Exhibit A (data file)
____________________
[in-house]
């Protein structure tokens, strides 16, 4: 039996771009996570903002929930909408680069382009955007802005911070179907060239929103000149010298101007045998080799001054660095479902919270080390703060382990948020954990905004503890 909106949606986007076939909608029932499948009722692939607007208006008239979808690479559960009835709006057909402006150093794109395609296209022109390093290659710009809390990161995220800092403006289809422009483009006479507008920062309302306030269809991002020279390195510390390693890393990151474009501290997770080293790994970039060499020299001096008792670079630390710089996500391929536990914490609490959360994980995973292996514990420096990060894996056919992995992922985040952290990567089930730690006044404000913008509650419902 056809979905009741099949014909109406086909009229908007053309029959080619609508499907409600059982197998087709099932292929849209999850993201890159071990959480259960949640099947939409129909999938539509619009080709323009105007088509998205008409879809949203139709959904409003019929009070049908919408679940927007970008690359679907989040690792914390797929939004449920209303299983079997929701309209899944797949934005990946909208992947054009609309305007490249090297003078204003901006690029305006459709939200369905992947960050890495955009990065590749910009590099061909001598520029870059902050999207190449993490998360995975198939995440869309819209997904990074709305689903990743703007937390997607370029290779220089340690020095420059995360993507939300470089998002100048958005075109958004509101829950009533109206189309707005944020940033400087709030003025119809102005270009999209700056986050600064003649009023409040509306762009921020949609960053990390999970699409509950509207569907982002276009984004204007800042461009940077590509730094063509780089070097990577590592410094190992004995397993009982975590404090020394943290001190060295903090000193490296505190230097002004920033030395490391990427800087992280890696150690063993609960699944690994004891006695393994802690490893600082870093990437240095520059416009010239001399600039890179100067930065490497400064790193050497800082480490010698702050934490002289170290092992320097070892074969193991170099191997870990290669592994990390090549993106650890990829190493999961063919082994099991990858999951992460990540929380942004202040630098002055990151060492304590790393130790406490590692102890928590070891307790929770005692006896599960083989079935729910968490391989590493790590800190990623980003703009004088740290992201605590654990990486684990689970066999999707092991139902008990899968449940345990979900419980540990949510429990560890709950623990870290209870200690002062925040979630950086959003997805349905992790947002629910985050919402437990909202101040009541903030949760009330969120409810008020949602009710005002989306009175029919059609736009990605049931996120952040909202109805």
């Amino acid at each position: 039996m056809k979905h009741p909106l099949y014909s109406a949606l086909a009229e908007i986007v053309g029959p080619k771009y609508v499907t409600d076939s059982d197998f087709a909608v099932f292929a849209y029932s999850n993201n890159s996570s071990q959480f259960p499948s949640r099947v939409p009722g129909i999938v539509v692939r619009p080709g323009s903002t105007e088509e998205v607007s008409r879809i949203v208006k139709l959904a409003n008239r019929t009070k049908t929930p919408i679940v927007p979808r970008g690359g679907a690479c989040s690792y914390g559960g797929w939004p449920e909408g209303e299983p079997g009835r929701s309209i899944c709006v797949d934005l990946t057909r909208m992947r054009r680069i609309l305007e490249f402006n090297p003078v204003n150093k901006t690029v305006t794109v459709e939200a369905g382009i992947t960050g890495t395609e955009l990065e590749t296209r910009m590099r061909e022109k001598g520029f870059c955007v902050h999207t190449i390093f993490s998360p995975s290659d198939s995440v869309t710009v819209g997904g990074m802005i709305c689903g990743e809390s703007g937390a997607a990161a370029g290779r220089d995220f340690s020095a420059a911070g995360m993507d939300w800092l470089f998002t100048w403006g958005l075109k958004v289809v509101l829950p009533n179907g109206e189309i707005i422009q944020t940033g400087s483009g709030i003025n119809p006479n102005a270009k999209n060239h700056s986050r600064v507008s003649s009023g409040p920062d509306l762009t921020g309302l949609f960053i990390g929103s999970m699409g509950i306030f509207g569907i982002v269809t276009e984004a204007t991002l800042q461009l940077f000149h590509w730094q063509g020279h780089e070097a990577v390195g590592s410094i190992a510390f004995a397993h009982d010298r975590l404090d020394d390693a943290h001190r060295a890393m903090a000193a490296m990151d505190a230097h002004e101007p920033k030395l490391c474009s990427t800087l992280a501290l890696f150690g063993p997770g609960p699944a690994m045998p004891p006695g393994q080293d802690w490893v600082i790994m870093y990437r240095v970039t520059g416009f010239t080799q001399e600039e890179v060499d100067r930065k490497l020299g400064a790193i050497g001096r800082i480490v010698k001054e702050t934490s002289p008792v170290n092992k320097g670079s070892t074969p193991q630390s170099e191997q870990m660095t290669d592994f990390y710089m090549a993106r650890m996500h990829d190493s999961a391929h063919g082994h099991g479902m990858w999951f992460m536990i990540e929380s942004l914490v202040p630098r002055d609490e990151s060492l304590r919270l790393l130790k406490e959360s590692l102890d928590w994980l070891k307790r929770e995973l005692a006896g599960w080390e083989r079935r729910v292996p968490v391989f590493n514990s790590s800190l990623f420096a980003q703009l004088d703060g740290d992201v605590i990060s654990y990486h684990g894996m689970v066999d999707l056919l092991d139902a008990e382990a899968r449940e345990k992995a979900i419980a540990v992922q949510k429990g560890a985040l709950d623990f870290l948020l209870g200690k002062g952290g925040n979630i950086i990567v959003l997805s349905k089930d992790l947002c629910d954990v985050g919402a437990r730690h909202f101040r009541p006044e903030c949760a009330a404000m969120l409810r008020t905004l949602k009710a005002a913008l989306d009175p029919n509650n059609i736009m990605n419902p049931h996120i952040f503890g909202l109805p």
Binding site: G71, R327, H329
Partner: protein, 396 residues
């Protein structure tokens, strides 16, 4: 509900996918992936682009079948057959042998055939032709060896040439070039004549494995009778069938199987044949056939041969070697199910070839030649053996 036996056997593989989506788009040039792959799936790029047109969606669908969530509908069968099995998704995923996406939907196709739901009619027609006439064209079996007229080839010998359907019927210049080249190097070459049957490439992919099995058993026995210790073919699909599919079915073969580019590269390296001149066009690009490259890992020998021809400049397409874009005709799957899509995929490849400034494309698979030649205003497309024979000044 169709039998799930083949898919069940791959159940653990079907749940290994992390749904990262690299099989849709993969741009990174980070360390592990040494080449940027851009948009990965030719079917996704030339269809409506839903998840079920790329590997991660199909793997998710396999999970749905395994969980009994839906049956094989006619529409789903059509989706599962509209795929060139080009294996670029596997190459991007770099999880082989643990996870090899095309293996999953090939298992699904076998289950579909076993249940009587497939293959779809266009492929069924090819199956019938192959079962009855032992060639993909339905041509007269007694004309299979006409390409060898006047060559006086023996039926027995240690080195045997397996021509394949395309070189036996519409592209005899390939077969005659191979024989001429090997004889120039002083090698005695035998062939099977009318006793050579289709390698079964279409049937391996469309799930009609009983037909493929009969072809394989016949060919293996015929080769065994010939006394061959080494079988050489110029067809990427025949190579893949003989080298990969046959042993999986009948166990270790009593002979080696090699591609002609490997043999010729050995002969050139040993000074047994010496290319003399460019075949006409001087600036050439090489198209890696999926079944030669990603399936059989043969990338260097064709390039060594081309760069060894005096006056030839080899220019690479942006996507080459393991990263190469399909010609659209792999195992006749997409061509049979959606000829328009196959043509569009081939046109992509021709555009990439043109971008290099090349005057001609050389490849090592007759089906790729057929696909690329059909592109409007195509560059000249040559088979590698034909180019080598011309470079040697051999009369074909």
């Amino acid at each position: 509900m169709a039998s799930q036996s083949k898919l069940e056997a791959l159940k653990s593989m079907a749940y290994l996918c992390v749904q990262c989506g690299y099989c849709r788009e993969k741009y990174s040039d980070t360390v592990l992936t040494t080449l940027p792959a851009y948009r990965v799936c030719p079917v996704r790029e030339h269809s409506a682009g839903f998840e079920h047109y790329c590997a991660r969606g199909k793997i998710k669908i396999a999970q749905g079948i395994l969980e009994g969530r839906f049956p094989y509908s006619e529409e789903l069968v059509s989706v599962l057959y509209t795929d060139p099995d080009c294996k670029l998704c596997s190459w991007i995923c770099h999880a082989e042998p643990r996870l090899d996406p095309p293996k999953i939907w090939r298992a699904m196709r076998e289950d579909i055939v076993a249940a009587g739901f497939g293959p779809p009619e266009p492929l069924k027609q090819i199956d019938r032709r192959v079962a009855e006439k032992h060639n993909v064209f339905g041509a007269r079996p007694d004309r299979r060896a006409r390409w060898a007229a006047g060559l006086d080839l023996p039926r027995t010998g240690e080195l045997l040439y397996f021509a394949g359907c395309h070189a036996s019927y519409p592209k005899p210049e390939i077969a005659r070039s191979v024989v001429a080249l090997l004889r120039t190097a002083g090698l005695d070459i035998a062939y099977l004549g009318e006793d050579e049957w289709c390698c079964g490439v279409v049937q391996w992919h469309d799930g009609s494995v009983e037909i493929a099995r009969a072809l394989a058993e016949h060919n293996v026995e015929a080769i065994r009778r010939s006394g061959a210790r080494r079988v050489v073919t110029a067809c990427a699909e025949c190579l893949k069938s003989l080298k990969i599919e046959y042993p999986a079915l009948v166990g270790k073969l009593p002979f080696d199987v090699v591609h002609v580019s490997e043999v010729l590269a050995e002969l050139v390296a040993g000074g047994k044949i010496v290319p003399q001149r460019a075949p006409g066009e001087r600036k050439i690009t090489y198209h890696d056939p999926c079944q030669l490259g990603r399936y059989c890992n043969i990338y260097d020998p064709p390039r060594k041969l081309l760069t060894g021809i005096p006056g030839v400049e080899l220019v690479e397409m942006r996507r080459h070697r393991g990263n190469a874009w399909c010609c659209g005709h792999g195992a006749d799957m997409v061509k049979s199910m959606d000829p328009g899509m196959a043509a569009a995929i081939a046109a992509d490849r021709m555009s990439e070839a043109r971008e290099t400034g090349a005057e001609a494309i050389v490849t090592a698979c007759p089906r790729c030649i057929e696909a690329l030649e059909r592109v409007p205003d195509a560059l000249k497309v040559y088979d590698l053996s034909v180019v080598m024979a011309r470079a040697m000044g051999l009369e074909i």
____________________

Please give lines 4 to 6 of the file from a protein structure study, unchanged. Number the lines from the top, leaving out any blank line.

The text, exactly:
Binding site: G71, R327, H329
Partner: protein, 396 residues
């Protein structure tokens, strides 16, 4: 509900996918992936682009079948057959042998055939032709060896040439070039004549494995009778069938199987044949056939041969070697199910070839030649053996 036996056997593989989506788009040039792959799936790029047109969606669908969530509908069968099995998704995923996406939907196709739901009619027609006439064209079996007229080839010998359907019927210049080249190097070459049957490439992919099995058993026995210790073919699909599919079915073969580019590269390296001149066009690009490259890992020998021809400049397409874009005709799957899509995929490849400034494309698979030649205003497309024979000044 169709039998799930083949898919069940791959159940653990079907749940290994992390749904990262690299099989849709993969741009990174980070360390592990040494080449940027851009948009990965030719079917996704030339269809409506839903998840079920790329590997991660199909793997998710396999999970749905395994969980009994839906049956094989006619529409789903059509989706599962509209795929060139080009294996670029596997190459991007770099999880082989643990996870090899095309293996999953090939298992699904076998289950579909076993249940009587497939293959779809266009492929069924090819199956019938192959079962009855032992060639993909339905041509007269007694004309299979006409390409060898006047060559006086023996039926027995240690080195045997397996021509394949395309070189036996519409592209005899390939077969005659191979024989001429090997004889120039002083090698005695035998062939099977009318006793050579289709390698079964279409049937391996469309799930009609009983037909493929009969072809394989016949060919293996015929080769065994010939006394061959080494079988050489110029067809990427025949190579893949003989080298990969046959042993999986009948166990270790009593002979080696090699591609002609490997043999010729050995002969050139040993000074047994010496290319003399460019075949006409001087600036050439090489198209890696999926079944030669990603399936059989043969990338260097064709390039060594081309760069060894005096006056030839080899220019690479942006996507080459393991990263190469399909010609659209792999195992006749997409061509049979959606000829328009196959043509569009081939046109992509021709555009990439043109971008290099090349005057001609050389490849090592007759089906790729057929696909690329059909592109409007195509560059000249040559088979590698034909180019080598011309470079040697051999009369074909």